- The CHW program has solidified co-locations for staff at six partnering agencies.
Heartland Health Services in Peoria:
- Built a new team within HHS and the framework to support digital care programs and to provide virtual primary care in homeless shelters.
- Began building trust with leaders and residents of homeless shelters through food and clothing drives and providing COVID-19 rapid kits.
- Hired a digital support manager and community health navigators who have also been trained on tele-diagnostic equipment that can be used to support virtual visits.
Aunt Martha's Health and Wellness in Danville:
- Trained and hired community health workers.
- Established monthly Healthy Behavior meetings at the YMCA and Public Library.
- Educated more than 100 people in the community about resources and how to take control of their health.
- Expanded training for CHWs on cultural diversity, domestic violence and sexual assault.
Eagle View Community Health System in Oquawka:
- Deployed CHWs who are providing services in three locations in the community.
- Implemented a new electronic health record system (Epic) that allows for better data collection and reporting on health outcomes.
- Hired a new transportation van and hired a transportation director.
Junis says these efforts are designed to wrap a 24/7 digital safety net around patients that is available 365 days a year
“So if you have a question in the middle of the night, you don't have to go to an emergency department, or you don't know who to call. You can reach out to us and it's through text messaging or calls and we're available. So that's really the transformation piece. Is that we're not episodic but we're really meeting patients where they are and where they need us the most, at the times that they need us.”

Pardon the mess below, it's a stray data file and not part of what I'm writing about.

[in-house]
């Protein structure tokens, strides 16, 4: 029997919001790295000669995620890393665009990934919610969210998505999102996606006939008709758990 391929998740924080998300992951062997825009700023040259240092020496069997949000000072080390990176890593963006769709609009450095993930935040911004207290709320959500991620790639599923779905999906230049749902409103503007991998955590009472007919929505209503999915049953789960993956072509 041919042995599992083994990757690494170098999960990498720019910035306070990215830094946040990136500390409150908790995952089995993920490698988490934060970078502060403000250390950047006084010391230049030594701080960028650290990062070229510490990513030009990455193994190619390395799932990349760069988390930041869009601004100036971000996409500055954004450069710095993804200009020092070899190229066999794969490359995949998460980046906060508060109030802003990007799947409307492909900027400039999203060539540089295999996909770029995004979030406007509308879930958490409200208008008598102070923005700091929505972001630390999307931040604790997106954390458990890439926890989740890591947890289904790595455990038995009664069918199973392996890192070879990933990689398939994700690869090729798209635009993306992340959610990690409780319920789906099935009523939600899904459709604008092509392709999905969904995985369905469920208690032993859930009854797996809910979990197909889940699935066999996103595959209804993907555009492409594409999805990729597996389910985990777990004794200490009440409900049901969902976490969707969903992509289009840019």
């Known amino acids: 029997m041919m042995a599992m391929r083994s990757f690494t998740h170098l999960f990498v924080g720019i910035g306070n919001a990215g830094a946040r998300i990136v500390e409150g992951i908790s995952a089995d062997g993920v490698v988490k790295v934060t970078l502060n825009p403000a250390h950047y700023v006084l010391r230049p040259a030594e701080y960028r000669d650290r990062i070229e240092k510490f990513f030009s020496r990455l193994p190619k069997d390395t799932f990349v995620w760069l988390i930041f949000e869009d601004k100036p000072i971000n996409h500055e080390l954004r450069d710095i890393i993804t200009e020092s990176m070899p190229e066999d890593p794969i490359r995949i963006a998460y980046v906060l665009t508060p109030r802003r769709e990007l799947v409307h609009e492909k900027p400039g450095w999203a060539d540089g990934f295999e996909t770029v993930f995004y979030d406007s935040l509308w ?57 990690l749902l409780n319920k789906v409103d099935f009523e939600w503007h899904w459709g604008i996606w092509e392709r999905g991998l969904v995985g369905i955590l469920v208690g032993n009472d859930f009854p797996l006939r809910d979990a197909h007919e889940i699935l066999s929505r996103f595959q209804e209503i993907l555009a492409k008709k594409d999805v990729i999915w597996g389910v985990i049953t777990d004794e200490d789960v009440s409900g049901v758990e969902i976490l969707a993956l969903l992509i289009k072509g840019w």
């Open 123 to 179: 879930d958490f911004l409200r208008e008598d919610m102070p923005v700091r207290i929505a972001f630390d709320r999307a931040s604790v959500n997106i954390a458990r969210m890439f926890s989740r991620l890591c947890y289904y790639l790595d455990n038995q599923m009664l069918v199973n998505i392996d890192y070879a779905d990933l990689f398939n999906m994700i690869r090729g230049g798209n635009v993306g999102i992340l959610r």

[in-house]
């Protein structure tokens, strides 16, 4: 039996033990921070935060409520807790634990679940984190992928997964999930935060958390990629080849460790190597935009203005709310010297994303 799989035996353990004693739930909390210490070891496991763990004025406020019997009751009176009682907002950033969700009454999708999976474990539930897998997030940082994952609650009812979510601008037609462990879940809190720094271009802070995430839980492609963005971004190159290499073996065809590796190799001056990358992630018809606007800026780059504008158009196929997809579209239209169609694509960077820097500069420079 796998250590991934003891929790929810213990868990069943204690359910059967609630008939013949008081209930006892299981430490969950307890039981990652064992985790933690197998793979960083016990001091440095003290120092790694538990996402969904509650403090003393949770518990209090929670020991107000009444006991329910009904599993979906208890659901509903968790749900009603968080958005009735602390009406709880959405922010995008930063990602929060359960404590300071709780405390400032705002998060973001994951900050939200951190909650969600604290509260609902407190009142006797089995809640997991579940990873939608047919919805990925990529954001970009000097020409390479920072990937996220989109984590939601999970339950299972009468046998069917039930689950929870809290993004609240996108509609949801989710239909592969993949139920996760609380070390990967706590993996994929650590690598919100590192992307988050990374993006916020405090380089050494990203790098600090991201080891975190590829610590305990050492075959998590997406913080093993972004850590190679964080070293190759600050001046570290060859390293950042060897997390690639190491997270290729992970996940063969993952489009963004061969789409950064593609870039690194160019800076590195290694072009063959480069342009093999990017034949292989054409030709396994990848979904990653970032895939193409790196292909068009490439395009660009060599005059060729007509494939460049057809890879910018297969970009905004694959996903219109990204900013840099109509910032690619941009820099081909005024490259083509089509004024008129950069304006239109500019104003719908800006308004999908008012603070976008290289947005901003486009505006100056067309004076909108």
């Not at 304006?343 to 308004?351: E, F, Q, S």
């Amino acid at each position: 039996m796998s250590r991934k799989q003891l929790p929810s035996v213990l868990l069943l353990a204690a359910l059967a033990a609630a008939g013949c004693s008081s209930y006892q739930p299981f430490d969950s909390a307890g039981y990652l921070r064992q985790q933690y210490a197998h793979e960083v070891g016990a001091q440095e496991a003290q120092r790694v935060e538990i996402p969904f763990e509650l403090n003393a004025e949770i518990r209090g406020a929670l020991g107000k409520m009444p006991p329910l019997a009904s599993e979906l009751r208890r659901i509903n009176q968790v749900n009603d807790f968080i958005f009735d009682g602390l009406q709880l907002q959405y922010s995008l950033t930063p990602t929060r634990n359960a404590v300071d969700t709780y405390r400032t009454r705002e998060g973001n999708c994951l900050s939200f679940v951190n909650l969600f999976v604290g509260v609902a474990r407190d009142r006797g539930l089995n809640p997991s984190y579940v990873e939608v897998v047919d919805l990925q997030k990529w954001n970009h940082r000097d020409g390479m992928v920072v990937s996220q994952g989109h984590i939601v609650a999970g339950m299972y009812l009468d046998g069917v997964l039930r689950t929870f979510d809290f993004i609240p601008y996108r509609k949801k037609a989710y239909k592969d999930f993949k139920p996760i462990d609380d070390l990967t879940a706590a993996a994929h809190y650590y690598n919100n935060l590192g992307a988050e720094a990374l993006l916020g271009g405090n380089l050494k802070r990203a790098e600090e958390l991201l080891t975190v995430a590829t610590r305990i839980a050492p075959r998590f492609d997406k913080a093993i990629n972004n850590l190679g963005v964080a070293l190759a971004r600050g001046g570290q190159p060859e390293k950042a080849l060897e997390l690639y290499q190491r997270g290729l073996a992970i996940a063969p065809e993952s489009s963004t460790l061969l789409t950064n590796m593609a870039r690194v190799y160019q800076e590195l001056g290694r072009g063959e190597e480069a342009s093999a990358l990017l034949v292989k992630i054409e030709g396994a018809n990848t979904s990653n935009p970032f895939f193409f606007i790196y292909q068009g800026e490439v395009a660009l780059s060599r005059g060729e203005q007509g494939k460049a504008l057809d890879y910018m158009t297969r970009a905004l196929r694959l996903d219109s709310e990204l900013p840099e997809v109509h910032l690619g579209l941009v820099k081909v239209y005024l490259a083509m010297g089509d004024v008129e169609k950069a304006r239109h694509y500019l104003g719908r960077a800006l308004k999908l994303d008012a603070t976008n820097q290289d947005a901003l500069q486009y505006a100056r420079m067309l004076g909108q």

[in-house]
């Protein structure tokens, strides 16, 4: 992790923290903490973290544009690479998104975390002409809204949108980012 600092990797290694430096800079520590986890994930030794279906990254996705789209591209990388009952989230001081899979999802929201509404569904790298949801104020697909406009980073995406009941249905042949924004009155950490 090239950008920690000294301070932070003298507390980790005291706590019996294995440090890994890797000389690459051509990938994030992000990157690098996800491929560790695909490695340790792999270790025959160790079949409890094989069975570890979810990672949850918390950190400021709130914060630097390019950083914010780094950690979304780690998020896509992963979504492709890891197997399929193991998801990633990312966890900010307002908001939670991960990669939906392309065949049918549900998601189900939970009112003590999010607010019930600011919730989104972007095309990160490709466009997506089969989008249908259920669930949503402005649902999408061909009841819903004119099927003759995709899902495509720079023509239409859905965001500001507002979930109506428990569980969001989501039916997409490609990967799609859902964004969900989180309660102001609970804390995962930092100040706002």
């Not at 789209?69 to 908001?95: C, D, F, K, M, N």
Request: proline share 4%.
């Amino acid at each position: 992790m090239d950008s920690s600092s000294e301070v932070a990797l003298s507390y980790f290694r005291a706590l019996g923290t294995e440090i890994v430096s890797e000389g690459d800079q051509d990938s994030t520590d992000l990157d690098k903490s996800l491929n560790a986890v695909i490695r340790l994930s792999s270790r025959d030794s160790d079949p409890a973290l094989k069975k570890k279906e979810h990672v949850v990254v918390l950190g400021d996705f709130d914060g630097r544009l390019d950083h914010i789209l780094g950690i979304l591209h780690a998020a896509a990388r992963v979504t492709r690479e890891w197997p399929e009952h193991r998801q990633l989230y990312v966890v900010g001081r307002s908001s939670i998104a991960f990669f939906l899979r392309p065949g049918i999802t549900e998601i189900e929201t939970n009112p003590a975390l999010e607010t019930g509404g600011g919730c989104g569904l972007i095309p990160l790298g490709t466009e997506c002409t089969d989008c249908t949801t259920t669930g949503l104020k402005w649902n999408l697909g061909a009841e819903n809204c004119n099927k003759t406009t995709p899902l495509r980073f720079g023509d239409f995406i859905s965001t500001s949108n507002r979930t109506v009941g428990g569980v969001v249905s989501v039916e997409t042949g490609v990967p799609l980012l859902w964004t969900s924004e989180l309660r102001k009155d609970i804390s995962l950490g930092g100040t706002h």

The effort is expected to lower health care costs by keeping people out of the emergency department or the hospital, the most costly point of care. Savings can also be created by scaling the effort with telehealth providers overseeing care for many patients at a time.
MIC will continue into year two with goals of improving dental care for patients, providing virtual health to residents of homeless shelters, and enrolling new patients in existing MIC programs. Junis says it’s also about improving based on feedback.
“Year two is about optimization, and coordination and collaboration, and really continuing to work together to understand all of our different components of the holistic care of a patient and how we all play such a big role in that.”
Video Clips with Jennifer Junis, Senior Vice President for OSF OnCall Digital Health
Funds for the Medicaid Innovation Collaborative come from the Illinois Department of Healthcare and Family Services/Healthcare Transformation Collaboratives. MIC will radically transform Medicaid delivery in Central and Northern Illinois by using innovation to improve access to care, improve health care outcomes and address unmet needs. MIC partners, which serve our communities’ most vulnerable, include Aunt Martha’s Health & Wellness, Danville; Chestnut Health Systems, Bloomington; Eagle View Community Health System Inc., in Oquawka, Illinois; Heartland Health Services, Peoria; and OSF HealthCare.